Finally, permethylation of peptides on common purification matrices (ZipTip and OMIX tip) was examined. Previous studies had shown that a variety of chemistries can be done on peptides bound to these tips.5 Peptides loaded onto these tips with 0.1% TFA could be washed with 0.5% Et3N and were retained. These peptides on tips could then be reacted with MeI to give permethylated peptides as described. Optimization of this method is under way.
Although the expected permethylated peptide products were seen for two of the peptides, each of the four peptides studied demonstrated additional chemistry and mass spectrometric behavior.
The Me3-amino peptide (799 Da) was readily formed (Figure 4). Under reflector and linear mode MALDI-TOF MS, it readily underwent a neutral loss of 59 Da,6 which was likely trimethylamine (NMe3). Bradykinin also underwent backbone cleavage between Phe and Ser during hydrolysis of the methyl esters to give a mass of 615 Da. This product was not present in unhydrolyzed samples (data not shown). The neutral losses gave metastable masses at 739 and 554 Da.
Reactions with this peptide gave the permethylated peptide (Me6: 2550 Da, Figure 5) as well as partially methylated products. The mass for a neutral loss of NMe3 was also present (2491 Da). Other neutral loss masses from the Me5, Me4, and Me3 masses (2536–2477; 2522–2463; and 2508–2449) were present.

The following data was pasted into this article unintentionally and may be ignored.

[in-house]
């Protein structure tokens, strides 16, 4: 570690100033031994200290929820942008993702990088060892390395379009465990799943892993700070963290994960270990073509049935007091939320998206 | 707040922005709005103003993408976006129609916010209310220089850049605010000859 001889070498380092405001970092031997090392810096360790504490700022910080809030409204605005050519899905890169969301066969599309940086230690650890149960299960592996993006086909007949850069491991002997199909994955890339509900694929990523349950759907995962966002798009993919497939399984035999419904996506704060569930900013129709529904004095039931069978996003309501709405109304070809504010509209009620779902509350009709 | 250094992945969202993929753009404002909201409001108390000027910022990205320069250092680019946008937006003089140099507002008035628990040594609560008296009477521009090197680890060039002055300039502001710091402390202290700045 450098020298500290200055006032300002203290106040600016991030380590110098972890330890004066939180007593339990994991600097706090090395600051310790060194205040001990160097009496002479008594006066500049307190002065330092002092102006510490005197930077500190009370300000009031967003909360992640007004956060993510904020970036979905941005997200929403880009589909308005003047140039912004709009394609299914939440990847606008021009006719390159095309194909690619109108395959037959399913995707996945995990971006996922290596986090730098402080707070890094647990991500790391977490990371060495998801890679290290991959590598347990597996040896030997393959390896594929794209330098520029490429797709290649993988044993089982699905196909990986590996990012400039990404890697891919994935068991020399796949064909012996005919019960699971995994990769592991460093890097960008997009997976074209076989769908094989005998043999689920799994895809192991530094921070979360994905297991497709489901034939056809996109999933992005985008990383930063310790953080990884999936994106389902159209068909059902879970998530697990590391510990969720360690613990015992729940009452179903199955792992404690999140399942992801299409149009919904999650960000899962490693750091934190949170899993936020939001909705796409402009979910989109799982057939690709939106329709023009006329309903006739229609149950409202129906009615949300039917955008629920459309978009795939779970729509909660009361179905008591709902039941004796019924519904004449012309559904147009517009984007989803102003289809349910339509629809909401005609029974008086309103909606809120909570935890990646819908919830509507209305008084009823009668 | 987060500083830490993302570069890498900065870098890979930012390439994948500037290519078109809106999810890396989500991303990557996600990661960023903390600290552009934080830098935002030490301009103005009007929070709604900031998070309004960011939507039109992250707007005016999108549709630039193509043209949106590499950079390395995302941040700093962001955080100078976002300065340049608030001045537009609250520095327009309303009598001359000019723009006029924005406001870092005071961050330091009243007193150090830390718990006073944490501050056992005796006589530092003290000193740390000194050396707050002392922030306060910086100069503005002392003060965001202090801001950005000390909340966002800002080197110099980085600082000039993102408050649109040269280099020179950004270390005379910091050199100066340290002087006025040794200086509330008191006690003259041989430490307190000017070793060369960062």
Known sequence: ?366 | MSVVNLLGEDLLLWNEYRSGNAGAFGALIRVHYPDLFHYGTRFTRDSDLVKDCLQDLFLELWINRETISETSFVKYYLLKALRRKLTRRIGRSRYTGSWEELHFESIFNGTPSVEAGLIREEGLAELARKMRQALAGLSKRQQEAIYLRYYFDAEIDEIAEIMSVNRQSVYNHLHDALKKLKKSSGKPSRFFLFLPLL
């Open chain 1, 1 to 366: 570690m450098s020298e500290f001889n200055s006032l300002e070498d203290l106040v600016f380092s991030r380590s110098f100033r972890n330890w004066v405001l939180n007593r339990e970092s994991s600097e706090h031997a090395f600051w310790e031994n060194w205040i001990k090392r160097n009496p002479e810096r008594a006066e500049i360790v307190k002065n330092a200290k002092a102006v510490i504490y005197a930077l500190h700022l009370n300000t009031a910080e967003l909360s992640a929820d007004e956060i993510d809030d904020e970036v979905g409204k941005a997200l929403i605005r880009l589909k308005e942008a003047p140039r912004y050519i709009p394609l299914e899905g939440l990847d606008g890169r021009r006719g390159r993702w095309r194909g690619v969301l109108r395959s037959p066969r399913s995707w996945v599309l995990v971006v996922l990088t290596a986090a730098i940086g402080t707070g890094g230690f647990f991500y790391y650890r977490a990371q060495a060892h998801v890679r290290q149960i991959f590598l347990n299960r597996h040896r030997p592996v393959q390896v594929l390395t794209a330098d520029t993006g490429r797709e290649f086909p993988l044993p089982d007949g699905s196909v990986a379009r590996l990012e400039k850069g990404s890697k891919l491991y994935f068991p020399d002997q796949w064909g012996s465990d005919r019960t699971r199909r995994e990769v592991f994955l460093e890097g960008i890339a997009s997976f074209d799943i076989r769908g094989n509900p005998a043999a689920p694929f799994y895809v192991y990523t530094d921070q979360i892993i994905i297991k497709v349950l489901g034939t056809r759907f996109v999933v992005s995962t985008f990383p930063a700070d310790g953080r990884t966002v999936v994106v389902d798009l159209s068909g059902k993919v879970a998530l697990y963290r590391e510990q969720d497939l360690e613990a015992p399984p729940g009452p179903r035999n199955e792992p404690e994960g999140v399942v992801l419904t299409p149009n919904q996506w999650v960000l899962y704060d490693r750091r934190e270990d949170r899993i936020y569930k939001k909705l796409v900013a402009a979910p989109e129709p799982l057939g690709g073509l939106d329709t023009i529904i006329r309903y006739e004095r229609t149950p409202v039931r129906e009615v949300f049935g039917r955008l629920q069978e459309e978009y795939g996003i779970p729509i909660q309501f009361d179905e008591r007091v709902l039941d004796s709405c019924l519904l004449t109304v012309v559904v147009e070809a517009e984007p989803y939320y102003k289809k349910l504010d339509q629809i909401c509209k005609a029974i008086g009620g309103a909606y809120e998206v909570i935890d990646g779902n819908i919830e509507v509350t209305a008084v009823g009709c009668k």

The peak shapes indicated that these were metastable ions. ACTH and bradykinin had Arg at the amino terminus. Hirota et al.6 had observed in their study of Me3-lysines that the loss of NMe3 occurred more readily for those peptides that had the Me3-lysine close to the N-terminus.
When cMyc peptide was heated under vacuum without MeI, the peptide readily lost H2O, most likely through formation of pyroglutamic acid (1185 Da). When MeI was present, the predominant product had a mass of 1228 Da along with a minor 1227 Da (Figure 6). The 1228 Da corresponded to addition of three Me groups to the lysine and three Me groups to the N-terminus, followed by loss of NMe3 from the lysine. The 1227-Da mass could arise two ways: formation of the Me6-peptide, followed by loss of HNMe3 through lactone ring formation, or loss of H2O, followed by addition of three Me groups to the lysine. The lactone ring would be expected to open during hydrolysis to afford a 1245-Da mass, as seen. Possible partial structures are shown in Figure 6.